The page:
Jennings and Ashley were the only Catfish to have multiple hits.
Jeremy Hellickson pitched 5 innings of 5-hit ball, allowing 2 runs and striking out 4, and picking up his 2nd win. Ryan Morse pitched the 6th, allowing just a walk. Columbus native Brian Baker pitched 2 innings, allowing a run on 2 hits. Ryan Reid pitched a perfect 9th to garner his 4th save.
But I understand the blue Toyota very well.
If the picture's not clear enough to show what's happened, here's the deal.
The silver car looks like it pulled into a parking space. And into the next parking space.
Then Blue pulled in ... and nosed as closely as he could to Silver.
I'd have liked it if he'd have eased up ... touched bumpers ... then, ever so slightly, gently pushed the other vehicle back just a bit. Then, when Silver started the car and took it out of park, the car would rock back slightly.
I run into idiots like Silver all the time. And it really ticks me off. One parking space is plenty for anyone. But some people just don't like playing nicely.
If people can't drive ... and park correctly ... they need to stay home ... or ride the bus.
Asses that can't drive ... or park ... like Silver ... really tick me off. I just wish I had the guts of Blue.
Tonight, 24 airs its season finale.
I'm going to the Catfish game. TiVo will watch 24 for me.
You see, I like baseball. A lot.
Oh, I like 24, too.
But I don't know how the baseball game will end.
Not that I know how 24 will end. But there are rumors.
*** SPOILER ALERT ***
It was another outstanding pitching performance from the Biscuits staff.
A day after Chris Mason allowed two runs over seven innings, James Houser, Jr., pitched five shutout frames to send the Montgomery Biscuits (24-20) to a 5-1 victory over visiting Birmingham (19-25).
The win clinched the series for Montgomery, which has won its last four series after losing four in a row.
Houser (3-0) was reached only for Chris Kelly's single in the second and Jeremy West's leadoff double in the fourth. In the process, he lowered his ERA to 2.48 and brought the Biscuits four games above .500 for the first time since the squad was 4-0 at the start of the season.
Since coming off the disabled list on May 15, the Florida native has given up only four hits in 11 1/3 scoreless innings. He has not lost a decision since May 12, 2006, a span of 25 starts.
The Biscuits conclude the series with Birmingham tonight. I'll be at the Catfish game, of course. The Catfish open an 8-game home stand tonight.
Sunday, May 20, 2007
And, according to the plotline, who was to blame?
Conservatives, of course.
After all, the current big thing is to fire or suspend on-air personalities that say "bad things." And who has been leading the charge in real life?
Conservatives, of course.
Oh, wait a second.
Don Imus ... and a slew of others that aren't quite as well know ... lose their jobs for things they say. And the left gets all up in arms and has them fired. And when the Simpsons has their "media police" episode, it's Ned Flanders, the religious guy, who has the media guy fired?
I'm starting to wonder if real life is actually a sitcom.
If so, I expect cancellation any day now.
The Catfish used a 5-run 7th inning to come from behind and beat Savannah, 8-5.
John Matulia's two-run triple capped a five-run seventh inning as visiting Columbus defeated Savanah, 8-5, on Saturday.
Matulia had two hits, including his South Atlantic League-leading fifth triple that snapped a 5-5 tie. He scored an insurance run on Cesar Suarez's sacrifice fly.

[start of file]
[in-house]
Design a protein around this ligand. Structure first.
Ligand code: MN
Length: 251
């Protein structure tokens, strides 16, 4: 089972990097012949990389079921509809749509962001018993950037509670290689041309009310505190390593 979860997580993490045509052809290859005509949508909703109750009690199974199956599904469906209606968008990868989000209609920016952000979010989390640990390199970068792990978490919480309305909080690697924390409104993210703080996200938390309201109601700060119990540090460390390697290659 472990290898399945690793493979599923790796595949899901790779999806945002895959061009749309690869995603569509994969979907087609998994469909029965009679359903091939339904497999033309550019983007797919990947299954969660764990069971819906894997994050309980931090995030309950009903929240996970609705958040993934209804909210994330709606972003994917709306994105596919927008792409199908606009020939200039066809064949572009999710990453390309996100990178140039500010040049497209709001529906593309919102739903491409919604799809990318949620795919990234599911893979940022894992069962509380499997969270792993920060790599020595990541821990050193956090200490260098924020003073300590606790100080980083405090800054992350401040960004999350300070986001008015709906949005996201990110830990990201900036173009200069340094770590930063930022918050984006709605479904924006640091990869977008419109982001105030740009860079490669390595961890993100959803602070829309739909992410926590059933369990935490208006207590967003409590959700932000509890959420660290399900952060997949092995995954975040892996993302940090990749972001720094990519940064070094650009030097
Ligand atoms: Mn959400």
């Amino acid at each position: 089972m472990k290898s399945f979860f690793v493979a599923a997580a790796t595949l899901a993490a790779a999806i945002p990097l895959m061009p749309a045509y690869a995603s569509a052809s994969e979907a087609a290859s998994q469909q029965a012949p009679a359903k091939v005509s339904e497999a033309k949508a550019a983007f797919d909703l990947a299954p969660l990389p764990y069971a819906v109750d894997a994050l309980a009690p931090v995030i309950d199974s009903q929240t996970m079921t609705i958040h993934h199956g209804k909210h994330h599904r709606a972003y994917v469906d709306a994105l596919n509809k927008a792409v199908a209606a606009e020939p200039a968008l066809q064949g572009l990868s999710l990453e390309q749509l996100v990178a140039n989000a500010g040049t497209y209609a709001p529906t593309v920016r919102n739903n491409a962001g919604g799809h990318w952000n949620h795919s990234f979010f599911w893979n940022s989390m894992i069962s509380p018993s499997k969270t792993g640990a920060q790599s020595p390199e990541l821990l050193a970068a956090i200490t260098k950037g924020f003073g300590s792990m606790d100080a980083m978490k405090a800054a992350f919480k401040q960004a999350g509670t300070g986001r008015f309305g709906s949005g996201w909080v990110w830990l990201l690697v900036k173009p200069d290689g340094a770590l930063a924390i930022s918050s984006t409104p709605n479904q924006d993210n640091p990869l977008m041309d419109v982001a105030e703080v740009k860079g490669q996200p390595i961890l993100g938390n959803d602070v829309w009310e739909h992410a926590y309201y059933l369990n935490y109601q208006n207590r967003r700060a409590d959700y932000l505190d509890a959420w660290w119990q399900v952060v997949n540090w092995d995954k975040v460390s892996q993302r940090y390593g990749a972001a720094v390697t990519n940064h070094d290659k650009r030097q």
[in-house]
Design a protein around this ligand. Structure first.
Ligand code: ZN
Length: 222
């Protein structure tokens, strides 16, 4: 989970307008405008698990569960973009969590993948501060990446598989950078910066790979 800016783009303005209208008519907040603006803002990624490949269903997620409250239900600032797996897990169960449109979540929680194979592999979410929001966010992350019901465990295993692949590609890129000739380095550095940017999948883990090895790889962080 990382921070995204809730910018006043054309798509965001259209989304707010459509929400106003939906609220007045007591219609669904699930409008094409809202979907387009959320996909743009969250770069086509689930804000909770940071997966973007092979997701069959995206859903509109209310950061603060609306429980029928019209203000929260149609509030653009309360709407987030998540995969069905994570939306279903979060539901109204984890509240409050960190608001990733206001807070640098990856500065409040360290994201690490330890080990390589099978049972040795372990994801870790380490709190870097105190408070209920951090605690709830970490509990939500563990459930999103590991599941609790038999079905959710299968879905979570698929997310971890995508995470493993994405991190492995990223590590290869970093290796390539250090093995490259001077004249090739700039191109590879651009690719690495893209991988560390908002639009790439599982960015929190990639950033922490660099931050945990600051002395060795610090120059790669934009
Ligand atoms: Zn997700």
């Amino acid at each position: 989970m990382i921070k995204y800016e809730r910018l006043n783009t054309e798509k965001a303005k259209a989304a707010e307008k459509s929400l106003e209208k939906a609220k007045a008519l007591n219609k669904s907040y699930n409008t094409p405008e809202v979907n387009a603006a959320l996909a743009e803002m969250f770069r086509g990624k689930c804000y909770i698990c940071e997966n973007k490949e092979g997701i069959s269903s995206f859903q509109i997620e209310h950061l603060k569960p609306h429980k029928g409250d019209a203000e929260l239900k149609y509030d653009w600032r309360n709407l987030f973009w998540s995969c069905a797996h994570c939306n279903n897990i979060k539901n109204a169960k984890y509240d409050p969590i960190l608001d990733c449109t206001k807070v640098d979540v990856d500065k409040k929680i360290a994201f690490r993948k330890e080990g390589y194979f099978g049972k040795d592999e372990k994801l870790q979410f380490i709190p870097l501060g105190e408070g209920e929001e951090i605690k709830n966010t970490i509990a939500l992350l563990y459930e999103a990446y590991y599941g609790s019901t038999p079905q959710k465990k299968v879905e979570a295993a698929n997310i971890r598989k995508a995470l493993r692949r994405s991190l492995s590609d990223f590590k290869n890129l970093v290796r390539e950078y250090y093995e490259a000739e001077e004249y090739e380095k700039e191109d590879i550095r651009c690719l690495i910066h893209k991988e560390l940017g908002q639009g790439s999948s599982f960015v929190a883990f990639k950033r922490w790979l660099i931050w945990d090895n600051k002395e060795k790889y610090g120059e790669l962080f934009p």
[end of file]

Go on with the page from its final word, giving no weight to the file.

Desmond Jennings had three hits, an RBI and a run scored, while Quinn Stewart doubled, tripled, scored a run and knocked in another for the Catfish (28-15).
Chris Kelly (1-0) fanned two and allowed one hit in two scoreless innings before Neal Frontz got the final six outs to earn his sixth save. Columbus starter Woods Fines allowed five runs on eight hits and a walk with one strikeout in five innings.
The Catfish are off today, and return home for an 8-game home stand, starting Monday night.
My inability to read a schedule meant we missed the fireworks by a night. We'll have to catch some later.
We missed out on the ballpark food, and we both regretted it ... and were thankful for it. We ate earlier in the day, and decided not to push it.
The one thing in the plans that went off as planned was the ballgame itself. And it was fun, especially since the Biscuits beat the Birmingham Barons (White Sox) 6-2.
As it turned out, the most impressive performance of the evening ... offensively at least ... was by Birmingham's Cory Aldridge, who had 3 of the Barons' 4 hits ... including 2 homers.
This isn't to say the Biscuits were slack at the plate. No, not at all.
The7 managed 2 runs in the 1st inning. With 1 out, LF Brooks Badeaux doubled, and moved to third on a ground out. After 3B Evan Longoria walked, putting runners on the corner, C John Jaso doubled to right, scoring Badeaux and Longoria.
Aldridge hit his first solo home run of the night in the 2nd inning, making it 2-1 Biscuits.
In the 2nd inning, with 2 outs, CF Jason Pridie singled and moved to second on a balk. Badeaux singled to center, scoring Pridie.
In the 6th, DH Patrick Breen singled, then 2B Josh Asanovich walked. Jason Pridie doubled, scoring Breen and Asanovich, and moved to third on a throw to the plate. Pride then scored on a sac fly by Badeaux, putting the Biscuits up 6-1.
Aldridge's second solo homer of the night, this one in the 7th, made it 6-2.
Aldridge's performance was all the more impressive when you consider that only one other Birmingham player managed a hit. Starter Chris Mason was masterful in his performance. And had a small fan club present.